Many of my favorites are building toys, because this year, building will be much more than snapping plastic bricks together. The Lite Poppers 4-in-1 Car features a round construction, rechargeable lights and fun characters. The Zipes Speed Pipes Performance Pack — Starter Set from Neat-Oh!, which will be available after March, allows kids to quickly build a pipe in just about any configuration they can imagine and then the illuminated vehicle and cosmic strobe ball race around inside (really fun at night). Available later this year, the Bionic Bug from Learning Journey's Techno Gears, of Marble Mania fame, will feature more than 80 construction pieces and a motor. Builders can follow the instructions or make their own wacky, motorized bug. For a child who loves architecture, there's Arckit, which are beautiful free-form model building sets made in Ireland.
Not a building toy but equally as interesting, Cubetto, made by Primo Toys helps children code using a wooden, wheeled cube, a wooden coding board and a fabric map. No screen. For science buffs, look out for the magic and science combo kits from Ideal Toys and the "gross science" kits from Alex Brands, which will debut soon.
For parents who would like screen time to be educational, toys in the Ed Tech (or Educational Tech) category are just that. They connect to smartphones and tablets and teach skills like coding, deductive reasoning and math in a way that is fun and engaging for kids.
For the young ones, the new Play-Doh Touch Shape to Life Studio pairs physical Play-Doh play with virtual animation, teaching creativity and problem solving. Marbotic helps kids learn about reading and math with the help of wooden letters and numbers and three free apps. Makers of realistic, moving animals, FurReal Friends, is introducing FurReal Makers this fall. Kids will be able to code their FurReal friend to take specific actions.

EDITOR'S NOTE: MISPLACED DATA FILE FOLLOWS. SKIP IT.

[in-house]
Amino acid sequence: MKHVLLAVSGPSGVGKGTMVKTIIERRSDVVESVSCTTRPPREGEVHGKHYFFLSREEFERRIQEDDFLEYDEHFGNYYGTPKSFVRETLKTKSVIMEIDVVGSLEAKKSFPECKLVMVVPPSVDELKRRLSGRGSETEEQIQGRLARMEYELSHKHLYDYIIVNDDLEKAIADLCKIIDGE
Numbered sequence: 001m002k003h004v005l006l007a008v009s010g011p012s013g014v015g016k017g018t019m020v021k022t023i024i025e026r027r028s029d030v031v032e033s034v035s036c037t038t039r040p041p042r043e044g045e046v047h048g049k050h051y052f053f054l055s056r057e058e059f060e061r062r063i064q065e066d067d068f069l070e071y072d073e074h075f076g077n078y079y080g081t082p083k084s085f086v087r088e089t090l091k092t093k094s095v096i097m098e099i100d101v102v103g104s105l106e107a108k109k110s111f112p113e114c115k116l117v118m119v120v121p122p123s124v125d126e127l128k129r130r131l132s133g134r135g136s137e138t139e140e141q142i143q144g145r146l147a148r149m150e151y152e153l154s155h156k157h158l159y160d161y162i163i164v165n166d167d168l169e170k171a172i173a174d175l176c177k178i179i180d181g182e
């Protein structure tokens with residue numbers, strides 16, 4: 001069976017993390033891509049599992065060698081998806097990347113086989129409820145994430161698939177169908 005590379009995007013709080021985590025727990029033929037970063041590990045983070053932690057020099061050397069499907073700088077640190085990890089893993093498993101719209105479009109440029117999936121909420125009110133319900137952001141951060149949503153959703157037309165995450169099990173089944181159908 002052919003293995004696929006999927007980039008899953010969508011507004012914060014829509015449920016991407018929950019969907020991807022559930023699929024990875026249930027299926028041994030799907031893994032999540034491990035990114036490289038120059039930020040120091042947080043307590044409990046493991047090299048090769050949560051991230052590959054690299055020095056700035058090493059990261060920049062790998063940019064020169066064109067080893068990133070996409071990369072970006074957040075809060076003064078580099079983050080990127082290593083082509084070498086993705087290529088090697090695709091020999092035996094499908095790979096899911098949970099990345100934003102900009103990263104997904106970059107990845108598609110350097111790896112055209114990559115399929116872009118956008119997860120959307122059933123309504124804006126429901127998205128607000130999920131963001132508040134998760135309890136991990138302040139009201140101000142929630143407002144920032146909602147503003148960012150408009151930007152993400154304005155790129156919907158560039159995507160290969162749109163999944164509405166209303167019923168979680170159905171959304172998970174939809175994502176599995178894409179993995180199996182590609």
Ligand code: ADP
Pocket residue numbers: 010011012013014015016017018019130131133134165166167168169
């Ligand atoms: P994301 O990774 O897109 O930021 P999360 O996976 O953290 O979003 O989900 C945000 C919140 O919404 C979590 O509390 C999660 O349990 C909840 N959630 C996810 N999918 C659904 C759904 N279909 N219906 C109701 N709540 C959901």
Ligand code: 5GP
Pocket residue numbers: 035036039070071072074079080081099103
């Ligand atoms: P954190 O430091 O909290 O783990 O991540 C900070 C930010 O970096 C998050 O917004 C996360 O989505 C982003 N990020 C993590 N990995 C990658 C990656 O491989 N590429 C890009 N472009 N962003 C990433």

The NPD found that sales on games increased 18% in 2016 so it wasn't a surprise to see so many new and interesting games at Toy Fair. On the heels of the Pie Face and Wet Head crazes, there were a lot of "suspense" games, like Zing Toys Blast Box, where kids try to avoid popping a balloon with a mallet, and Hasbro Toilet Trouble , where kids try to avoid getting sprayed in the face with water from a mini toilet.
A game trend I found interesting was cooperative play, where players work together to achieve the same goal. I'm not at all opposed to competitive play, but cooperative play teaches teamwork, a skill that many children struggle with. Some of my favorites were Mole Rats in Space by Peaceable Kingdom, which will be available this spring. Players work together to help the mole rats escape from enemy snakes. Then there is Hive Mind from Calliope Games, which encourages players to think like other members of the hive. Operation: Escape by Yulu is an escape room game where players work collaboratively to free a player who has been captured. And a connected game that is also collaborative is Sensible Objects Beasts of Balance. It's like a gorgeous game of Jenga that comes to life on the screen.
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This article originally appeared on Credit.com.